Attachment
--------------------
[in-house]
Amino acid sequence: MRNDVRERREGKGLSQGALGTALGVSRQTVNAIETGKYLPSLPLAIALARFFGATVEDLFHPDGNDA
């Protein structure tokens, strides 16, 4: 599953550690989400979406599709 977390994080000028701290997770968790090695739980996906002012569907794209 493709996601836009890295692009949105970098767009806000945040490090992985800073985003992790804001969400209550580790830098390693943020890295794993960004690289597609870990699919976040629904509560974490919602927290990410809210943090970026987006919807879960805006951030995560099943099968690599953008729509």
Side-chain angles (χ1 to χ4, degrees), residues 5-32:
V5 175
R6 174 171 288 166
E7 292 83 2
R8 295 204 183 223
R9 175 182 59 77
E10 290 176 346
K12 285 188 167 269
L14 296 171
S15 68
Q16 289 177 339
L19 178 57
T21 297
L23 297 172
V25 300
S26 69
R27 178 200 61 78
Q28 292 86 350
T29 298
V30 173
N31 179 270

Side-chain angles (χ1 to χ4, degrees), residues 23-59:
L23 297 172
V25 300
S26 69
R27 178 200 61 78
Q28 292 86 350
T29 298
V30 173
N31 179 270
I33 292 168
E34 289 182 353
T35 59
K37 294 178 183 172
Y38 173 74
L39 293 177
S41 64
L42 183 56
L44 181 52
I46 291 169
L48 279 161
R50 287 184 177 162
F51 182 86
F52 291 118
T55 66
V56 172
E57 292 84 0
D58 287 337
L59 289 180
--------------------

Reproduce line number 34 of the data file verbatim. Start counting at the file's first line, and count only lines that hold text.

I33 292 168